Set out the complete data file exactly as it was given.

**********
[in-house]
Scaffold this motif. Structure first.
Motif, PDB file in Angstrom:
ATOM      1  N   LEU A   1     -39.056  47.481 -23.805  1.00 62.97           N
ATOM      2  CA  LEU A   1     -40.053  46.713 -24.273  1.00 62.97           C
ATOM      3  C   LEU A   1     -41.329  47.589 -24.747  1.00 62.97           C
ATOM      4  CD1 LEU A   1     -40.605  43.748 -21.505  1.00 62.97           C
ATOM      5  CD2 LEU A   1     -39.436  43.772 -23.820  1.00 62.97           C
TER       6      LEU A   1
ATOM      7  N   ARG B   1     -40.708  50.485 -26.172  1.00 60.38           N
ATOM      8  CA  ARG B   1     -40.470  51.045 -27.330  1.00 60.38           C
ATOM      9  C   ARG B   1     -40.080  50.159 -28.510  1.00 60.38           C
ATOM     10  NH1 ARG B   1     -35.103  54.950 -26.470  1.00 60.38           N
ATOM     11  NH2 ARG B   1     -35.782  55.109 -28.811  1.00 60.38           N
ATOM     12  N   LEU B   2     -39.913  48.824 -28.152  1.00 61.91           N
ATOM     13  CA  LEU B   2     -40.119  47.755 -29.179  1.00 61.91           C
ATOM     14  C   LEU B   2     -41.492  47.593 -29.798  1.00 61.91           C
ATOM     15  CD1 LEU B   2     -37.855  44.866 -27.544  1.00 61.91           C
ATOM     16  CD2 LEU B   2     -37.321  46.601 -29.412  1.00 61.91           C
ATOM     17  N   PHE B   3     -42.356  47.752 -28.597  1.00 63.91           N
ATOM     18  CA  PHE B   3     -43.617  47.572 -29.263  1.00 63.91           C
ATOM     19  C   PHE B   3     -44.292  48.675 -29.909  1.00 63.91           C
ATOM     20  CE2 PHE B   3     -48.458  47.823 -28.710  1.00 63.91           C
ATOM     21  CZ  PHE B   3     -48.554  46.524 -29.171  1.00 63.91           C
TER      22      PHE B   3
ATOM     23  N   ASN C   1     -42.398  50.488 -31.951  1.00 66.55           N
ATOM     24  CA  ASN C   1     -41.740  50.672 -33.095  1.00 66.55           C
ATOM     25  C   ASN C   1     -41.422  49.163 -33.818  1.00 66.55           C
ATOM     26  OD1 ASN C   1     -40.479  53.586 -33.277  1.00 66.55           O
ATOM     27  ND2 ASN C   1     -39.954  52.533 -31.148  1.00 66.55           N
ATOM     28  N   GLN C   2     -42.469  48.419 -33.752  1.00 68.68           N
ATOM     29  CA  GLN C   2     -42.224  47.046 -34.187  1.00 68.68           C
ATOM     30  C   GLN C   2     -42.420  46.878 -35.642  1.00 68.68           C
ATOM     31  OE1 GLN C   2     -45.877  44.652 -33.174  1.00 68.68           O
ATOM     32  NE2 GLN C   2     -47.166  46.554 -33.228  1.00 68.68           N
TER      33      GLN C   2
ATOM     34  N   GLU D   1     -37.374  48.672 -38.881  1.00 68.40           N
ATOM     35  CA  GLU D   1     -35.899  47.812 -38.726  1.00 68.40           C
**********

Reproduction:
[in-house]
Scaffold this motif. Structure first.
Motif, PDB file in Angstrom:
ATOM      1  N   LEU A   1     -39.056  47.481 -23.805  1.00 62.97           N
ATOM      2  CA  LEU A   1     -40.053  46.713 -24.273  1.00 62.97           C
ATOM      3  C   LEU A   1     -41.329  47.589 -24.747  1.00 62.97           C
ATOM      4  CD1 LEU A   1     -40.605  43.748 -21.505  1.00 62.97           C
ATOM      5  CD2 LEU A   1     -39.436  43.772 -23.820  1.00 62.97           C
TER       6      LEU A   1
ATOM      7  N   ARG B   1     -40.708  50.485 -26.172  1.00 60.38           N
ATOM      8  CA  ARG B   1     -40.470  51.045 -27.330  1.00 60.38           C
ATOM      9  C   ARG B   1     -40.080  50.159 -28.510  1.00 60.38           C
ATOM     10  NH1 ARG B   1     -35.103  54.950 -26.470  1.00 60.38           N
ATOM     11  NH2 ARG B   1     -35.782  55.109 -28.811  1.00 60.38           N
ATOM     12  N   LEU B   2     -39.913  48.824 -28.152  1.00 61.91           N
ATOM     13  CA  LEU B   2     -40.119  47.755 -29.179  1.00 61.91           C
ATOM     14  C   LEU B   2     -41.492  47.593 -29.798  1.00 61.91           C
ATOM     15  CD1 LEU B   2     -37.855  44.866 -27.544  1.00 61.91           C
ATOM     16  CD2 LEU B   2     -37.321  46.601 -29.412  1.00 61.91           C
ATOM     17  N   PHE B   3     -42.356  47.752 -28.597  1.00 63.91           N
ATOM     18  CA  PHE B   3     -43.617  47.572 -29.263  1.00 63.91           C
ATOM     19  C   PHE B   3     -44.292  48.675 -29.909  1.00 63.91           C
ATOM     20  CE2 PHE B   3     -48.458  47.823 -28.710  1.00 63.91           C
ATOM     21  CZ  PHE B   3     -48.554  46.524 -29.171  1.00 63.91           C
TER      22      PHE B   3
ATOM     23  N   ASN C   1     -42.398  50.488 -31.951  1.00 66.55           N
ATOM     24  CA  ASN C   1     -41.740  50.672 -33.095  1.00 66.55           C
ATOM     25  C   ASN C   1     -41.422  49.163 -33.818  1.00 66.55           C
ATOM     26  OD1 ASN C   1     -40.479  53.586 -33.277  1.00 66.55           O
ATOM     27  ND2 ASN C   1     -39.954  52.533 -31.148  1.00 66.55           N
ATOM     28  N   GLN C   2     -42.469  48.419 -33.752  1.00 68.68           N
ATOM     29  CA  GLN C   2     -42.224  47.046 -34.187  1.00 68.68           C
ATOM     30  C   GLN C   2     -42.420  46.878 -35.642  1.00 68.68           C
ATOM     31  OE1 GLN C   2     -45.877  44.652 -33.174  1.00 68.68           O
ATOM     32  NE2 GLN C   2     -47.166  46.554 -33.228  1.00 68.68           N
TER      33      GLN C   2
ATOM     34  N   GLU D   1     -37.374  48.672 -38.881  1.00 68.40           N
ATOM     35  CA  GLU D   1     -35.899  47.812 -38.726  1.00 68.40           C